The effects of phosphorus starvation on Tradescantia virginiana




Dobson, William Jackson, 1915-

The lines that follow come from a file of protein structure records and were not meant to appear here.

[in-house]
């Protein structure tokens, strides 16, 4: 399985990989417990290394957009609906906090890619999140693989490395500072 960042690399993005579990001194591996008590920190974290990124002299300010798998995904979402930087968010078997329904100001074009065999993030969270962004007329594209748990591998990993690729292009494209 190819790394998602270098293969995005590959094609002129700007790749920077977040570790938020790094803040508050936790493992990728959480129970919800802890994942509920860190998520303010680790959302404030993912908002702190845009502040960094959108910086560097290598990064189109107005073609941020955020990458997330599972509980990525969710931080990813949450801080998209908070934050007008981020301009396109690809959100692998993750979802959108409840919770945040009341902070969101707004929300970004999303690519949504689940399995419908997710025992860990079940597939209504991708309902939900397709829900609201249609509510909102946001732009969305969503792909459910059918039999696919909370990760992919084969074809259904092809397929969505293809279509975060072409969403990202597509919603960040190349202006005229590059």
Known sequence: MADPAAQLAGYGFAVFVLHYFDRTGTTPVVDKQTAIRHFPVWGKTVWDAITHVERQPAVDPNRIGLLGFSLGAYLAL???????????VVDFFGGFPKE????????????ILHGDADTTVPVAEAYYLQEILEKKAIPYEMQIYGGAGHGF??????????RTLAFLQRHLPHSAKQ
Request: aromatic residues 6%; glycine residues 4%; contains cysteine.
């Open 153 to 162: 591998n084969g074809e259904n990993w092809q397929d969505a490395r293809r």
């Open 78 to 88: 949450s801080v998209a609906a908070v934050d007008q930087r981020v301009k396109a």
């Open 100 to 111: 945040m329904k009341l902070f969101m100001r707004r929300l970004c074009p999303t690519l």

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This experiment was designed and carried out in an effort to determine the effect of a phosphorus deficiency on the nucleic acids found in the chromosomes and the cytoplasm. Levene (1931) first advanced the modern concept that phosphoric acid acted as the linking agent for tying the side chains to the backbone of the nucleic acid molecule. This idea is widely accepted today. In a seminar discussion concerning the structure and behavior of the nucleic acids in general, with reference to their biological significance, this action of phosphoric acid was noted. The suggestion was made by Dr. Theophilus S. Painter that if the amount of phosphorus available were limited, perhaps the nucleic acids would not form due to the fact that there would be no linking agent present. Following this trend of thought, this experiment was planned for depriving plants of a sufficient amount of available phosphorus and then observing what the effect would be on the plant generally and the chromosomes and cytoplasm in particular